• Access to additional funds: You can leverage the equity in existing properties to access additional funds without providing new collateral. This can be particularly useful for funding renovations, expansions or the purchase of additional investment properties.
  • Potential for lower interest rates: By combining multiple properties as collateral, you may negotiate more favourable loan terms, including potentially lower interest rates.
  • Save your cash: By using the equity inyour existing properties, you don’t have to draw on your cash savings. This isalso a benefit if you’re asset-rich but cash-poor and don’t have the funds fora deposit.

It's important to note that while there are advantages, there are also potential risks associated with this strategy.

What are the disadvantages of cross collateralisation?

If you’re thinking of using cross collateralisation to fund your investment strategy, it’s important to be aware of this approach's potential risks and drawbacks.

  • Reduced flexibility: Cross collateralisation can potentially reduce your flexibility to make independent decisions about each of your properties. In some cases, you might be limited in using the properties as collateral for other financial transactions or investment opportunities.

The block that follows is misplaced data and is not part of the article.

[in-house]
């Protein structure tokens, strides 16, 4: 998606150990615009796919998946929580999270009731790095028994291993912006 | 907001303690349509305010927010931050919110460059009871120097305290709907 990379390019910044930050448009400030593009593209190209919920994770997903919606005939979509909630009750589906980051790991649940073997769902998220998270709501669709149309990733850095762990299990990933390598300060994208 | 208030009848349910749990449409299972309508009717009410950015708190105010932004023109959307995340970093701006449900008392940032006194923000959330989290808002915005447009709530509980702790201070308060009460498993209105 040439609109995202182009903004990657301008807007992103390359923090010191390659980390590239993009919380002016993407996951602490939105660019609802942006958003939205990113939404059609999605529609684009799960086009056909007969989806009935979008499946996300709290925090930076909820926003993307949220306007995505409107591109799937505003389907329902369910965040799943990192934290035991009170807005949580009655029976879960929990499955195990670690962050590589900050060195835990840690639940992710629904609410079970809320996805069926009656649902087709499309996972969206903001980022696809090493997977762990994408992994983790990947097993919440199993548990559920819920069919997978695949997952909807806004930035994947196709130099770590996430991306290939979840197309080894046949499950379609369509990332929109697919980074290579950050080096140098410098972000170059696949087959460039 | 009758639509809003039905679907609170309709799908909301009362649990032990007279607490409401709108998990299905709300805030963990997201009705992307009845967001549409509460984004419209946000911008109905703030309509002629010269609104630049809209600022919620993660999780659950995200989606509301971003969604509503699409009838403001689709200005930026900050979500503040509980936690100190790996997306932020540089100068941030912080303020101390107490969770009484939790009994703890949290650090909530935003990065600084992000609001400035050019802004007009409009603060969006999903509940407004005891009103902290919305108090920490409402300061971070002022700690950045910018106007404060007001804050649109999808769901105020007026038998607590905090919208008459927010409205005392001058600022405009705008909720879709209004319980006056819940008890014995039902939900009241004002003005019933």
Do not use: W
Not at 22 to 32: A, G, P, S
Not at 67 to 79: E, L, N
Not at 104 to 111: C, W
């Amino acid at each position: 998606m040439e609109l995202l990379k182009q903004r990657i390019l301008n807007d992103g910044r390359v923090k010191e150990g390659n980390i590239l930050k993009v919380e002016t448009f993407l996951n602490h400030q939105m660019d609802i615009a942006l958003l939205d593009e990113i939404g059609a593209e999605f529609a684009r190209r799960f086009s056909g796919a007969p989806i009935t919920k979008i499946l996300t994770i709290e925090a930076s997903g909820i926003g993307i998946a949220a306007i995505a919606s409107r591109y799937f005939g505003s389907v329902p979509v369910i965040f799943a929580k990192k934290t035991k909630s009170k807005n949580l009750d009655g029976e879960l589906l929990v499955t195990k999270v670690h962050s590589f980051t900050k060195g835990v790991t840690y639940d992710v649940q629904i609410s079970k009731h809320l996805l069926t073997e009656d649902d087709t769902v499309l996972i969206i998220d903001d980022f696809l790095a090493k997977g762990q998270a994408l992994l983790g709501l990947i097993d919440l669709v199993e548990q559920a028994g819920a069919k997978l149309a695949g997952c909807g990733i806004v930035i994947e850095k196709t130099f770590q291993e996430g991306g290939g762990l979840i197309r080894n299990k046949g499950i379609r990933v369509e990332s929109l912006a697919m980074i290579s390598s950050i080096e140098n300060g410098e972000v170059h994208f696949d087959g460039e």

• Complex loan terms: Managing multiple loans with different terms and conditions can quickly become incredibly complex. It’s essential that you carefully track payment schedules, interest rates and other loan terms for each property.
  • Challenges selling: Selling properties that are part of a cross collateralisation agreement is often more challenging compared to other loan setups. Because each of the properties are intertwined, you might need to negotiate with the lender to release the collateral tied to a specific property before selling it.
  • Less control: Cross collateralisation can limit your control over individual properties. Decisions related to selling or refinancing one property are often much more complex and can be subject to the lender's approval.
  • Difficulty refinancing: With all your properties tied up in a cross collateralisation structure, the complex nature of this setup means that you could face difficulties if you’d like to refinance with another lender. Plus, you’re more likely to be hit with higher refinancing costs to try and unravel such a convoluted portfolio.

Before using cross collateralisation to fund an investment property or even build a property portfolio, it’s important to carefully weigh up the potential benefits against these risks. Are there alternative investment strategies that could be better suited to your circumstances, investment goals and risk tolerance? In this instance, it could be worth calling in a professional, like a financial advisor, mortgage broker or legal expert, for tailored advice.

This article is intended to provide general information only. It does not have regard to the financial situation or needs of any reader and must not be relied upon as financial product advice.Please consider seeking financial advice before making any decision based on this information.